The City of Kingston, NY

    Welcome to the City of Kingston, NY

    Kingston, dating to the arrival of the Dutch in 1652, is a vibrant city with rich history and architecture, was the state's first capital, and a thriving arts community. City Hall is in the heart of the community at 420 Broadway, and is open from 8:30 a.m. to 4:30 p.m., except July & August (9 a.m. to 4 p.m.).  Come tour our historic City, with restaurants that are among the region's finest, and local shopping that promises unique finds.

    Historic Churches

    Kingston is home to many historic churches. The oldest church still standing is the First Reformed Protestant Dutch Church of Kingston which was organized in 1659. Referred to as The Old Dutch Church, it is located in Uptown Kingston. Many of the city's historic churches populate Wurts street (6 in one block) among them Hudson Valley Wedding Chapel is a recently restored church built in 1867 and now a chapel hosting weddings. Another church in the Rondout is located at 72 Spring Street. Trinity Evangelical Lutheran Church was founded in 1849. The original church building at the corner of Hunter Street and Ravine Street burned to the ground in the late 1850s. The current church on Spring Street was built in 1874.

    Kingston, NY

    Kingston became New York's first capital in 1777, and was burned by the British on October 13, 1777, after the Battles of Saratoga. In the 19th century, the city became an important transport hub after the discovery of natural cement in the region, and had both railroad and canal connections.

    Kingston, NY

    The town of Rondout, New York, now a part of the city of Kingston, became an important freight hub for the transportation of coal from Honesdale, Pennsylvania to New York City through the Delaware and Hudson Canal. This hub was later used to transport other goods, including bluestone. Kingston shaped and shipped most of the bluestone made to create the sidewalks of New York City.


    Contact Us

    City Hall Address:
    420 Broadway
    Kingston, New York

    (845) 331-0080
    [email protected]

    Kingston News

    1/26/2021 - Public Safety Task Force Delivers Recommendations


    January 26, 2021 


    Public Safety Task Force Delivers Recommendations


    KINGSTON, NY – Mayor Steven T. Noble is pleased to announce that the Re-envision Public Safety Task Force has delivered their recommendations, which have been submitted to the City of Kingston Common Council.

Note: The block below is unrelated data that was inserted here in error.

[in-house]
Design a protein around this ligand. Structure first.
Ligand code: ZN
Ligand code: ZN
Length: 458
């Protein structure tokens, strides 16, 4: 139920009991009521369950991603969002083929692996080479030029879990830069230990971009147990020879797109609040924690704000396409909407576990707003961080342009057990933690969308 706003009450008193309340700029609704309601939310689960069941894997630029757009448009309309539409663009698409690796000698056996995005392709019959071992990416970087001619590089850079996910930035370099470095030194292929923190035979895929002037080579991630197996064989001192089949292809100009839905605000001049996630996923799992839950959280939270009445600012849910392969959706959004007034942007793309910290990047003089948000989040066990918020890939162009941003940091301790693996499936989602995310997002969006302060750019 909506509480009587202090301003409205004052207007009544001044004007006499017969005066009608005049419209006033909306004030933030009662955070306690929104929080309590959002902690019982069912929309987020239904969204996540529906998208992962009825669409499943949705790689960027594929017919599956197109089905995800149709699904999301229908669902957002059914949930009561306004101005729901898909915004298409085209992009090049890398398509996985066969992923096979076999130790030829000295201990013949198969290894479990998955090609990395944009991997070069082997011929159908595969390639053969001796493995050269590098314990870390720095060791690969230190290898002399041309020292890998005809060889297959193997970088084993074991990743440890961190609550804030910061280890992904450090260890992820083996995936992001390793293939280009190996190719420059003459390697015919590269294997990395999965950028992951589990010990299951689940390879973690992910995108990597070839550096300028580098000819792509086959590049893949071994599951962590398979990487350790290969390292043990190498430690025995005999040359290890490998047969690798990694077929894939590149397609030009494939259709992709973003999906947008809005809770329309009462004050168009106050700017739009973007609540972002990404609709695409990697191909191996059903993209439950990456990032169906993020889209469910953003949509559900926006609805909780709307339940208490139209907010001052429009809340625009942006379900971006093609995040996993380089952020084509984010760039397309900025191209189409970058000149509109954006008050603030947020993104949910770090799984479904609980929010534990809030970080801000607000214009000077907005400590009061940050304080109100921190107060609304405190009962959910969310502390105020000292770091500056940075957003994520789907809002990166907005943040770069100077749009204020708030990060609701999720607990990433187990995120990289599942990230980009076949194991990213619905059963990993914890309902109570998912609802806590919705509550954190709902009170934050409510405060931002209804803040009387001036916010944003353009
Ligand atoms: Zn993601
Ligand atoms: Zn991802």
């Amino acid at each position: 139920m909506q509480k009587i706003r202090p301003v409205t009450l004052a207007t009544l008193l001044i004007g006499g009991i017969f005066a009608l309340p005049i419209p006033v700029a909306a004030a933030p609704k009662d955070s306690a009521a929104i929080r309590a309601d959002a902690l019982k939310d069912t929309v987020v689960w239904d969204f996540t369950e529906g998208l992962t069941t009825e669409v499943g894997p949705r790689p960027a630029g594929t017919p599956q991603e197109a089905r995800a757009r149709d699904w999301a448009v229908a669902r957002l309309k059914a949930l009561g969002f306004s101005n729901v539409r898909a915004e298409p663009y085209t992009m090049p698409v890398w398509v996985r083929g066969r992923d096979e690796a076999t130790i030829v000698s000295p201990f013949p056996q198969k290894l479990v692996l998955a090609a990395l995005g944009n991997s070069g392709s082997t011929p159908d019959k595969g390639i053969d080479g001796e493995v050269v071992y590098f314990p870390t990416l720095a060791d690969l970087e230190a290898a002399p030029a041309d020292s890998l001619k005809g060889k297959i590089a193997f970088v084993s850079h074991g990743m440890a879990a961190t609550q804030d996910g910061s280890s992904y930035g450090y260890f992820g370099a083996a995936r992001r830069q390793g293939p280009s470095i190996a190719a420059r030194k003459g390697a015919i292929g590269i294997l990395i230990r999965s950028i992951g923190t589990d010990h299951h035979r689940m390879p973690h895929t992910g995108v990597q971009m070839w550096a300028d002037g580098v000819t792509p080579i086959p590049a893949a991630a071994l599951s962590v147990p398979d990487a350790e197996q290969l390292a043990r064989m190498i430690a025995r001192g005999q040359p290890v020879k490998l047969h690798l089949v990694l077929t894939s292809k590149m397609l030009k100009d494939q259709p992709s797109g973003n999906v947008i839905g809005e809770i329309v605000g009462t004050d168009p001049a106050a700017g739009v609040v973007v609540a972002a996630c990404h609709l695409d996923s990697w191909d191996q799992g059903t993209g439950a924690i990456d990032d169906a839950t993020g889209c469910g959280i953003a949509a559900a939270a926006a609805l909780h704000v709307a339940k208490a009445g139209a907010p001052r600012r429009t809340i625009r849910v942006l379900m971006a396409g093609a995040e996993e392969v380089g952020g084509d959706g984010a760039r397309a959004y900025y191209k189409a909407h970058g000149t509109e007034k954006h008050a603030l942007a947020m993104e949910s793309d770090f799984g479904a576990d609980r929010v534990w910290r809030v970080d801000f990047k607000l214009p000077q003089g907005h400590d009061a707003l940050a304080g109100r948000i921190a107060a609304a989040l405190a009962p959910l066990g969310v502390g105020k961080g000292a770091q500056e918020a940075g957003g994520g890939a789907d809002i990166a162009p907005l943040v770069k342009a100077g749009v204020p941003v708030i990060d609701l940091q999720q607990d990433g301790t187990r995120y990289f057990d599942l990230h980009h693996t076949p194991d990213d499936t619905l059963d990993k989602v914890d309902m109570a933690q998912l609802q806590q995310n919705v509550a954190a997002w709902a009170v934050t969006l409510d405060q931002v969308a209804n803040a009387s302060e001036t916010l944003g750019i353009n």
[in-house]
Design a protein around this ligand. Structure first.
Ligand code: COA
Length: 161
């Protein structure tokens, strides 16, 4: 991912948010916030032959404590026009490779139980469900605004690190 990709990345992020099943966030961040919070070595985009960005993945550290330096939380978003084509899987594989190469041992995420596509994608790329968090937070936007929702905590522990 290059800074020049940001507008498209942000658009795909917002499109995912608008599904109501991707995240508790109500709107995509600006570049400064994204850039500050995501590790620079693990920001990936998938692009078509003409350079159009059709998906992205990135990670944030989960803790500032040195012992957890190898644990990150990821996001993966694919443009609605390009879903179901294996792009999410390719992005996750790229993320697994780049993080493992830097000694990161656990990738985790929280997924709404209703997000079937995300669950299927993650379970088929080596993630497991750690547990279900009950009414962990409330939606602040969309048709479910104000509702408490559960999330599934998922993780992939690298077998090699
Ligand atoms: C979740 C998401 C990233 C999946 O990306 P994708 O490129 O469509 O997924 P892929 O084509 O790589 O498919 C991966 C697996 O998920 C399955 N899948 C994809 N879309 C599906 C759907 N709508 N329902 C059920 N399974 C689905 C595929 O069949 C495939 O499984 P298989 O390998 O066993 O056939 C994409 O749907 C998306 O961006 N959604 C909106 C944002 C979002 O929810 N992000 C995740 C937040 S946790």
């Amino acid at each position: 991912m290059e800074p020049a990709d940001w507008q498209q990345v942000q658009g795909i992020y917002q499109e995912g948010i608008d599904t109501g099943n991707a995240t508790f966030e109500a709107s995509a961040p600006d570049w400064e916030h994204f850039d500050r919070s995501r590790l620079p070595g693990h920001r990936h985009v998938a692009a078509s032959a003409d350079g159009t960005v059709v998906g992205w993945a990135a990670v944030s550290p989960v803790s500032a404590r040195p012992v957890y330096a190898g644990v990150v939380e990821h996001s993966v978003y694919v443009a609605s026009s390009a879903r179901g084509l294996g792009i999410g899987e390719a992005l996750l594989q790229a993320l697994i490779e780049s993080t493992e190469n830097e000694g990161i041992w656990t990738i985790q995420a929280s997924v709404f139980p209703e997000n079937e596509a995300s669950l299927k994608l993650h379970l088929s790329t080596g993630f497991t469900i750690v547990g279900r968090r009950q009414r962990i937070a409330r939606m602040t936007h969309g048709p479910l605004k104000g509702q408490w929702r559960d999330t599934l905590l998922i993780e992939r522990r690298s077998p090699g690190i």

The Re-envision Public Safety Task Force was formed after an Executive Order from Governor Cuomo calling for a New York State Police Reform and Reinvention Collaborative to:

    • Review the needs of the community served by its police agency, and evaluate the department’s current policies and practices;
    • Establish policies that allow police to effectively and safely perform their duties;
    • Involve the entire community in the discussion;
    • Develop policy recommendations resulting from this review;
    • Offer a plan for public comment;
    • Present the plan to the local legislative body to ratify or adopt it, and;
    • Certify adoption of the plan to the State Budget Director on or before April 1, 2021.

    The City of Kingston commissioned the Peaceful Guardians Project to facilitate the Re-envision Public Safety Task Force. Mayor Noble put out a call for applications in August and, in September 2020, Lester Strong, the Peaceful Guardians Project Executive Director, announced the 10 task force members from the Kingston community: Beetle Bailey, Jimmy Buff, Andrea Callan, Raquel Derrick, Daniel Gruner, Donald Mapes, Jr., David McNamara, Naimah Muhammad, Manuel Blas Sánchez, and Amy Shapiro. The task force includes three liaisons: Chief of Police Egidio Tinti, Aldermen Tony Davis, and Police Commission member Minya DeJohnette. The task members came from a variety of backgrounds including an educator, an attorney, a social worker, a pastor, an addiction specialist, and a mental health researcher with a PhD in Criminal Justice.

    Each of the members chose a topic to research from four key areas: Use of Force & Accountability, Police Recruitment, Training & Morale, Community Policing, and Alternatives to Police Intervention. Two virtual Town Hall meetings were held on November 19 and December 16, 2020 to gather community feedback.  Additional input was solicited through The Task Force’s final recommendations incorporated public comment and have been finalized for review and ratification by the Common Council.

    “I cannot thank the task force enough for their thoughtful research and diligence on these often complicated issues,” said Mayor Noble. “This unique group of people with a broad range of experience and expertise brought such good insight to the task force. I hope the Common Council will adopt and ratify their recommendations, which I believe will benefit our entire community greatly. Once ratified, we will work with the Council to see what initiatives should be funded with the budgeted $100,000 in the coming months.”

    Find the Re-envision Public Safety Task Force report here. (Link updated on 1/27/21)